PS 6 – the last scene (the non-movie scene shot with mobile phone) is from Goa (last night) where Narkasur statues with loud music are spread all over the place.
PS 7- by the way, Karan Johar has basically made a movie to give tribute to his own movies (and those by Yash / Aditya Chopra). He even played Kal ho na ho music when the cancer scenes were on screen. And of course there were tonnes of ‘famous’ lines from ‘ek ladka aur ladki kabhi dost nahi ho sakte’ to ‘Rahul, naam to suna hi hoga’.
PS 8 – to be fair, there are few good scenes too that make you laugh and all that – but for most part, there is absolute lack of chemistry between Anushka and Ranbir in the first 20 minute to justify or care about them later on. And major lack of creative scenes. All that the characters do is talk (when not singing and dancing) – in houses, on streets and in parties! Can’t believe someone with so much of money like KJo can’t get few good writers to write good scenes that tell us / show us something interesting!! KKHH was so much better and had so many new things to offer when it was released! Should probably watch it again.
I will be frank. I posted this status only because I assumed there would be few idiots on my FB friend list who might think it’s OK / right for a ban like this, and once they come out in the open, I would just go ahead and get rid of them from Facebook. I was absolutely wrong! What an idiot I am.
…I assumed there would be few idiots on my FB friend list who might think it’s OK / right for a ban like this…
While the majority of my FB friends did say no, a LOT of them said yes, they supported the ban. And they were not all idiots. They were people very dear to me (and are very dear to me), people who have seen enough of the world to generally distinguish between right and wrong, are logical and rational and intellectual and the kind of people I am proud to know of and be friends with, on or off Facebook. In other words, my hypothesis that only an idiot can support a ban on artists based on their nationality, was thrown out of the window. I needed to understand what these ban supporters were thinking, that I was not. Why did this feel outright idiotic to me but not to them? And so I started conversations with some of them to get into the depth of their thinking and their logic. I couldn’t go too deep unfortunately. But I did scratch a few surfaces. And I am writing this piece to share what I learnt.
A quick list of justifications
that was given to me:
India and Pakistan can’t be fighting and be having good relations at the same time. Would you play cricket (or make movie) with someone who bombed your house?
Our country comes first. Period. Banning artists from Pakistan shows solidarity to our soldiers – who are being killed by that country.
Banning artists from Pakistan is a way of ‘isolating’ that country, that will encourage the common Pakistani citizens to take matters in their own hands ultimately leading to tighter control over their army that funds and supports terrorism in India.
The last justification was obviously not a direct answer to my question. I wanted to know what my FB friends thought about the ban – not what those who are banning, think about it. I grilled the person who gave that 4th justification. He kept going round and round around the “commercial” logic of the ban.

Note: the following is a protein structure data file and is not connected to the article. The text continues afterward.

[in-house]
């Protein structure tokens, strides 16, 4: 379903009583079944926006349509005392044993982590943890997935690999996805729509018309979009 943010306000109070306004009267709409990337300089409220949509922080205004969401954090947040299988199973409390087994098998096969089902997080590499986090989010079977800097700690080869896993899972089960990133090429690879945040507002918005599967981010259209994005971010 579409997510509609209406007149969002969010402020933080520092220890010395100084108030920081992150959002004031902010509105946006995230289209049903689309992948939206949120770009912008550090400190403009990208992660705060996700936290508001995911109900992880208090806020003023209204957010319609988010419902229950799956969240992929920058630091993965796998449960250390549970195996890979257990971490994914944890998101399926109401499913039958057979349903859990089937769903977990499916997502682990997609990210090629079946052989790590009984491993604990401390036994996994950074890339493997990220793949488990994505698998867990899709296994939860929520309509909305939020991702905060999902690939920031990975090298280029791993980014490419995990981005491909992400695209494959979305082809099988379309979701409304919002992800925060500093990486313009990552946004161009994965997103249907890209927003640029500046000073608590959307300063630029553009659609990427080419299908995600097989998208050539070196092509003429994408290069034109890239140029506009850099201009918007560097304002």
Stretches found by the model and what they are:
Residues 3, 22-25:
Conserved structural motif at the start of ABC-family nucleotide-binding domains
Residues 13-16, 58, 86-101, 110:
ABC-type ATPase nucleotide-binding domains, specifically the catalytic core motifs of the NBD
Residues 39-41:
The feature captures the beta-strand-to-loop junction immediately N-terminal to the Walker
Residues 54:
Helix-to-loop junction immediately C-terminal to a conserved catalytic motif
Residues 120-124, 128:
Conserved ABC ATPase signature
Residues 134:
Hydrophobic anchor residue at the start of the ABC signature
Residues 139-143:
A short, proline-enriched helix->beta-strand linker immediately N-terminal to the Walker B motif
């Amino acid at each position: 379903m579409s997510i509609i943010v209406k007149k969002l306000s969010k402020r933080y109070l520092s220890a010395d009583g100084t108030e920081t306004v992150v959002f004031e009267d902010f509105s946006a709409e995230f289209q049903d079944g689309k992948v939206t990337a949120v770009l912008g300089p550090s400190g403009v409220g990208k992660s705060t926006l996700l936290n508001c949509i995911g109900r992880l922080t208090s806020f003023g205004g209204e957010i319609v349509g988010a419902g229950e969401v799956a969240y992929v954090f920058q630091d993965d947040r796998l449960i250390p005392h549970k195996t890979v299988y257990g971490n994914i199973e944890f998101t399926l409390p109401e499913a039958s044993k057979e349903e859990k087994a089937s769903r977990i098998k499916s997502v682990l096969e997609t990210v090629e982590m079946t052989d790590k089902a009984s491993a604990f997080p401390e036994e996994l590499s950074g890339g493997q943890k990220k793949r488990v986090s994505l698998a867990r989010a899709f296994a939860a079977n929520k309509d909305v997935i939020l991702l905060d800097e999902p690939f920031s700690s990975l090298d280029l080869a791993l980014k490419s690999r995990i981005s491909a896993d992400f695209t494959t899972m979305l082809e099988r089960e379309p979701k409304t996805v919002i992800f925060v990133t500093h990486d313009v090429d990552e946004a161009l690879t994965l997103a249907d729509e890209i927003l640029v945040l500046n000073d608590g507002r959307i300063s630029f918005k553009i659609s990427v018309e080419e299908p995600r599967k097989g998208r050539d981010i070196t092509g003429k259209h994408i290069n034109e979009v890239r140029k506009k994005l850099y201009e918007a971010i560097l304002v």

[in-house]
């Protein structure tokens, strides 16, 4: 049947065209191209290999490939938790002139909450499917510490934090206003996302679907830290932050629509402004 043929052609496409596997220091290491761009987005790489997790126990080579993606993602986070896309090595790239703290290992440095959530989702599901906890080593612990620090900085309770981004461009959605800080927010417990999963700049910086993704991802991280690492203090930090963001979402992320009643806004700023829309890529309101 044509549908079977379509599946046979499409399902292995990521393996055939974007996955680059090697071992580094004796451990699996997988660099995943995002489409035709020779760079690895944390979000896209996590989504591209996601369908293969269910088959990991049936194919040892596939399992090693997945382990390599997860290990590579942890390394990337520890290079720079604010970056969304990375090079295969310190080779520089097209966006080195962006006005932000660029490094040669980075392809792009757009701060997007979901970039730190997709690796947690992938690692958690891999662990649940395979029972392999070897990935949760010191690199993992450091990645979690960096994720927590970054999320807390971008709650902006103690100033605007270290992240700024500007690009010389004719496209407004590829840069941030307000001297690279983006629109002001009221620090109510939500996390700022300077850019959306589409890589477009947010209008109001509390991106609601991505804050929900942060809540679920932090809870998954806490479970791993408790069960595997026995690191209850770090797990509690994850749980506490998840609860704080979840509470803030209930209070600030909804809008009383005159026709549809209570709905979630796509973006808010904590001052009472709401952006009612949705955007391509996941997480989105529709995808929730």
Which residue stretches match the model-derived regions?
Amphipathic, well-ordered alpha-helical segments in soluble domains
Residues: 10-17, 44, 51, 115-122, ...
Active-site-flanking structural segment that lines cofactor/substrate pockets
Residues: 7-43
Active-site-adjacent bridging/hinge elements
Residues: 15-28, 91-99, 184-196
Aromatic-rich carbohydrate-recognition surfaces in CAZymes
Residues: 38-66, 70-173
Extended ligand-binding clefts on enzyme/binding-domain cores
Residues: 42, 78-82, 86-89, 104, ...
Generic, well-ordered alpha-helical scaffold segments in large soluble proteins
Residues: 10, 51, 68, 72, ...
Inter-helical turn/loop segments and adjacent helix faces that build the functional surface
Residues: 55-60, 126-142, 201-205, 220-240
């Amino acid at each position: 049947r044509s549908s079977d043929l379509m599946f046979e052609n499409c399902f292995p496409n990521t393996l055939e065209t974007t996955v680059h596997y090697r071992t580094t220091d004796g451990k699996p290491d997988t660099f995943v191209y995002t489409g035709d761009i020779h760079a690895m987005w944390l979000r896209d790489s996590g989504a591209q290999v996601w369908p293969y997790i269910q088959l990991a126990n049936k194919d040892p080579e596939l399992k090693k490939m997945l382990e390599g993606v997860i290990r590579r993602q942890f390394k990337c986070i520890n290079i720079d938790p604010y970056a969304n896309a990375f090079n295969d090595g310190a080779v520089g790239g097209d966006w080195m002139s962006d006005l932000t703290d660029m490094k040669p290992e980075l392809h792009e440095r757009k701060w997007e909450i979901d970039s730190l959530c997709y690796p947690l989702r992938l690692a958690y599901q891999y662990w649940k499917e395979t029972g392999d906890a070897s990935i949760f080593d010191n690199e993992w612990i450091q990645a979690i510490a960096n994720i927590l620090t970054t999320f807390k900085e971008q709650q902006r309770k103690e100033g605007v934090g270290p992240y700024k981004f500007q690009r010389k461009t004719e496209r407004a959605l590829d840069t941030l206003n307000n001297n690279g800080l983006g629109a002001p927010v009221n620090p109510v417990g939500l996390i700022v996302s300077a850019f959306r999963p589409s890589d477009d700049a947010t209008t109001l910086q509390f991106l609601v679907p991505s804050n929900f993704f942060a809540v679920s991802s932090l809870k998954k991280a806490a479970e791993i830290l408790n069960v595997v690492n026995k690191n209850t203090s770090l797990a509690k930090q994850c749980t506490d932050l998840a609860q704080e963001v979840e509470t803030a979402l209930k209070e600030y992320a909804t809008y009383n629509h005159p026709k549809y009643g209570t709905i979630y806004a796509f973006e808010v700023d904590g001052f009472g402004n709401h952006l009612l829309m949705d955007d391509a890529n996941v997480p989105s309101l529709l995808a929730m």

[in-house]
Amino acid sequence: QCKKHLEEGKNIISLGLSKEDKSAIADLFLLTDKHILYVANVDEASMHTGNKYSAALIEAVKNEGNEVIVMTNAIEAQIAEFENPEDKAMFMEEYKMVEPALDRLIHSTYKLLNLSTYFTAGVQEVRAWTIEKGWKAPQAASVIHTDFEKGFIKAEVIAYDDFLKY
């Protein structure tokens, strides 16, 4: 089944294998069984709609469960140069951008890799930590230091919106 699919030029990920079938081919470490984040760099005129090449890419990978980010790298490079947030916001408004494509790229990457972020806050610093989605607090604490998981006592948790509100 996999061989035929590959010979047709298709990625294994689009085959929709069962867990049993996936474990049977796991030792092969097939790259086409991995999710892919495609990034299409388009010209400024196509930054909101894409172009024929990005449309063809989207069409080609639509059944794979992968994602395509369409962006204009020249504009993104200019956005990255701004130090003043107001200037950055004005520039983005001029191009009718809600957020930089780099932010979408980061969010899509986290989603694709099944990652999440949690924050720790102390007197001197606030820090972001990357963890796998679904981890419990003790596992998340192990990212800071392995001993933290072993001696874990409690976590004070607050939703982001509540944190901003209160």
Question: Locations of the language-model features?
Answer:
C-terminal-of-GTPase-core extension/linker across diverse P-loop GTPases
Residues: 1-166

Me: I am asking ‘you’ if you think it’s okay for a ban like this. I am not asking the business owners. They clearly think it’s okay. And you have answered that. I don’t know how to ask the question then. Thanks anyway. He: Are you asking if I were a businessman in that industry, would I ban them?
Me: Yeah, if you put it that way. What is your personal view about the logic of banning? He: That depends on what is profitable. I’m agnostic about where the actors come from.
Me: And what do you think of the public that supports it? He: Public is stupid.
After chatting up with different people, it became obvious to me that not everyone who was in favour of a ban, had the same logic.
“India and Pakistan can’t be fighting and be having good relations at the same time”,
was one of the justifications offered to me. But this makes it sound almost as if Pakistan is one person and India is another person. They are not. A country is a piece of land with generally a well defined border (which clearly is disputed in case of both India and Pakistan). A country is not one person. A country has its citizens, its local governments, its central government and most of the times, its army. And therefore, I think, a group from a country might be fighting with another group from another country and at the same time, two other groups / individuals could be making love. Sania Mirza did India proud and married a person who she fell in love with. How the fuck does her husband’s nationality matter here? She is like literally making love to a Pakistani and making India proud at the same time. Like literally. Think about that.
I can say whatever I want to, but after speaking to my friends who had said yes, it became obvious that most of them (not all) found it hard to not view Pakistan as one single entity. Try following the below conversation that I had with another friend.
She: Imagine I’m your best friend and you are going through this really terrible break up. You are hurting. Of course there is no right and wrong and it takes two to tango. But I will choose you. You will matter to me no matter who is right or wrong. And if I may say I will show you, what is called unconditional support or solidarity or whatever, just to get you through this phase. Because I believe loyalty does wonders. It takes off a little of the bitterness and maybe slowly you will see some reason and a different, better perspective. So in my country’s case if film stars not working for a brief time in India is a kind of solidarity I can show from my end, then be it. None of this lasts in any case (economic and trade sanctions, such banning etc.). Me: So banning individual artists from a country (that they never chose in the first place) helps us show solidarity to our govt/army?